Seven Seeds is one of the pioneers of specialty coffee in Australia, and their Carlton roastery and coffeehouse one of the best places to drink it.
To paraphrase Mark Dundon, co-owner of Seven Seeds, what the average cafe-goer probably thinks about specialty coffee is fairly simple: just give me a good coffee and get out of my face.
But quite a bit goes into that good coffee at Seven Seeds: apart from the cafe, there’s the roastery, which you can peer into, a role in green coffee importing business Silo, and even a share in a coffee farm in Honduras.
The hype surrounding Seven Seeds is partly down to anyone who has written about it: The Age Good Cafe Guide, for example, called it “one of Melbourne’s premier coffeehouses” (2012); “A Melbourne coffee mecca” (2013); and “Melbourne’s ultimate temple of coffee worship” (2014), while Broadsheet claims Seven Seeds sits in “an upper eschelon [sic]” and is “Melbourne’s high temple of coffee”.
But it’s also down to the operation itself: a buzzing coffeehouse inside a warehouse that looks through a cupping room into the roastery, with a busy coffee service bar and a tiny open kitchen in the corner that pumps out great cafe food – the philosophy of transparency and of understanding the journey from bean to cup is built into the Seven Seeds architecture.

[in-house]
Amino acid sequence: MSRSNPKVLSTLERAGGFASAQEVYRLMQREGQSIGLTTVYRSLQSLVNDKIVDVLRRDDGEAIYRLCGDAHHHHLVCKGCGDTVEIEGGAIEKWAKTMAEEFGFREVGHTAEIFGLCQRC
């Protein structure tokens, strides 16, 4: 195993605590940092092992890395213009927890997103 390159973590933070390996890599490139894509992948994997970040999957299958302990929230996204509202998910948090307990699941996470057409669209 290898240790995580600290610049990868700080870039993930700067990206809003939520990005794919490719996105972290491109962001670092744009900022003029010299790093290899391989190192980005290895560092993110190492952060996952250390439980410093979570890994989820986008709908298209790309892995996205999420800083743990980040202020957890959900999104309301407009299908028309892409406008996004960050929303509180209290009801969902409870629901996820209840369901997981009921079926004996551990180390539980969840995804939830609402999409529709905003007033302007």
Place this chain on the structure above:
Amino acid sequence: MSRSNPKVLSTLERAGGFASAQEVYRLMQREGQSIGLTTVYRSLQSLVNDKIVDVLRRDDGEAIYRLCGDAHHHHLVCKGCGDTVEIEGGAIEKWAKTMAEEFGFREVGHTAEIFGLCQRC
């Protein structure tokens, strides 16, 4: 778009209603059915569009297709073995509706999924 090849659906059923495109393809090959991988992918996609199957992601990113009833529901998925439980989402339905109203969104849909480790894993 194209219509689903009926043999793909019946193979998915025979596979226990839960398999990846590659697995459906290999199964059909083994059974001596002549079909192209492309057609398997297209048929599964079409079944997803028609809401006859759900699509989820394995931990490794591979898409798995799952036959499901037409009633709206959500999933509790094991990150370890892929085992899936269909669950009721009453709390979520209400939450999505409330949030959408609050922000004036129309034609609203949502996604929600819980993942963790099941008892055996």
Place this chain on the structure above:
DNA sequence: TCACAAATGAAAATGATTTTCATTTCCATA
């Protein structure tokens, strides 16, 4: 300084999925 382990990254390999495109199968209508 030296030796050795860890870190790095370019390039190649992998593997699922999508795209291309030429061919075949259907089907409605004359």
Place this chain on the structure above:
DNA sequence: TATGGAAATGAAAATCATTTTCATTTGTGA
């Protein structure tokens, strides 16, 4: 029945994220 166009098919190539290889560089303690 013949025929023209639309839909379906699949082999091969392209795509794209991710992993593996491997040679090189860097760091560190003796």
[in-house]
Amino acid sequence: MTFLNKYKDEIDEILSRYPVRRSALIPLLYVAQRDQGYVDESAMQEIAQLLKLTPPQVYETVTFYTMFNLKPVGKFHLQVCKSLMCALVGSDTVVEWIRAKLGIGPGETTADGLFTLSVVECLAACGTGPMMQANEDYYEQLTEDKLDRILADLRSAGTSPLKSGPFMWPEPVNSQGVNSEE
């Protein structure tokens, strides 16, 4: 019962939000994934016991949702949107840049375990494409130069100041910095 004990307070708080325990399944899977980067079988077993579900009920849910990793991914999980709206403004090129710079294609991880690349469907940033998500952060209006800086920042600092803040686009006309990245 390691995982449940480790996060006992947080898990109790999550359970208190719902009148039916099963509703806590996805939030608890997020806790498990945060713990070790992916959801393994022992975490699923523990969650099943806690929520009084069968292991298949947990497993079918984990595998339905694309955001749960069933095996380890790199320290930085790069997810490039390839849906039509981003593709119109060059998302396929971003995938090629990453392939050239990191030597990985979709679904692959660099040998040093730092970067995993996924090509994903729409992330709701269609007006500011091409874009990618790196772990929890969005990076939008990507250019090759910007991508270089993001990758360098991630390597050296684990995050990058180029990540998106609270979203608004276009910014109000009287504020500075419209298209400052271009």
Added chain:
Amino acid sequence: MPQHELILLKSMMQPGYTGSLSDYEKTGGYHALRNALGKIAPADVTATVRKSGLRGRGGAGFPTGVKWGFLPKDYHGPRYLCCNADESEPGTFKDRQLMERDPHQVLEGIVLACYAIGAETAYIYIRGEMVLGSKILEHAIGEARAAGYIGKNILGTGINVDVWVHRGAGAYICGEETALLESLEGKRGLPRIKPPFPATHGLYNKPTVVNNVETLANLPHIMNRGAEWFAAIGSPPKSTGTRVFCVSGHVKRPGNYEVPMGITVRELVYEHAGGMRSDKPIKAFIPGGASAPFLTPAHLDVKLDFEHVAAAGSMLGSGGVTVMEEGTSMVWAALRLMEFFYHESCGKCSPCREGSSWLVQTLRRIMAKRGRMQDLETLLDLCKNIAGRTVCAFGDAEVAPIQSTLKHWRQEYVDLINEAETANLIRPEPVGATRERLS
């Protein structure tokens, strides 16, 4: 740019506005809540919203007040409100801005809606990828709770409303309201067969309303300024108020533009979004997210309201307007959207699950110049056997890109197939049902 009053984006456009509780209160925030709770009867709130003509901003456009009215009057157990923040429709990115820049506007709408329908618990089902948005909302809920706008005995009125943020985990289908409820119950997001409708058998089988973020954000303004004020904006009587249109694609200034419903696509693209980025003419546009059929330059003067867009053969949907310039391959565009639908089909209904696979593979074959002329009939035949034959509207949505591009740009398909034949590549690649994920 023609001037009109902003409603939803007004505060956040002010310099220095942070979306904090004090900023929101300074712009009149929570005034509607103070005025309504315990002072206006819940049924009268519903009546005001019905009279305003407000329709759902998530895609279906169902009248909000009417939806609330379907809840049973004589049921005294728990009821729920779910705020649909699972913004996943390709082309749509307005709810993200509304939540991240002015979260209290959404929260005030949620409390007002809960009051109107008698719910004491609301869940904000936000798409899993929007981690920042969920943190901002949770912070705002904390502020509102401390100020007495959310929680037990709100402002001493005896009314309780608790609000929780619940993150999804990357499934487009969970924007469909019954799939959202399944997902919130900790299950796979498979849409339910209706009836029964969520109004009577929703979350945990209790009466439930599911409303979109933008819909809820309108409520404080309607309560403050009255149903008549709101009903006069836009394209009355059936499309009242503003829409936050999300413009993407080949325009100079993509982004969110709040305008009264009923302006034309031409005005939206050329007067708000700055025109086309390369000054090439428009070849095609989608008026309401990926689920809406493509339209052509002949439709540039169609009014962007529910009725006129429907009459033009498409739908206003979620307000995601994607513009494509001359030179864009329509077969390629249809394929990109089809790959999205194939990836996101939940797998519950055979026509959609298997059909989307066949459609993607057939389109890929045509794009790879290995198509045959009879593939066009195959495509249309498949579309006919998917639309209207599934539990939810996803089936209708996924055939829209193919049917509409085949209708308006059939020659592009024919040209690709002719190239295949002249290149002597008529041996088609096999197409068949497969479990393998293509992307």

The simplest demonstration of the philosophy is in drinking a short black of the espresso blend; in the middle of 2015 that’s a super-clean shot of Guatemala Finca Rosma, Colombia Andino Especial and Ethiopia Yirgacheffe with a rich aroma, an almost savoury molasses-like sweetness, and juicy red fruit that is held just in check.
The warehouse-y high-ceilinged space is always crowded and lively, so “temple” is a bit of a stretch, though “mecca” works when you find a group of pilgrims at the pourover bar watching as a slightly harried barista brews something special like a Boquete Suarez Panama geisha.
Food could be as simple as a pair of soft-boiled eggs with tasty brioche toast soldiers and little cuboids of even tastier bacon lardons, or as elaborate as a yellow curry of 24-hour slow-cooked goat with roasted cauliflower and roti. The double-patty wagyu burger is a messy and delicious double handful, and the corn bread with poached eggs, black bean salsa and avocado puree seems made to pair with a filter brew of one of the delicious Central American coffees that are usually on the menu.
Where 106-114 Berkeley Street, Carlton, (03) 9347 8664
When Mon–Sat 7am–5pm, Sun 8am–5pm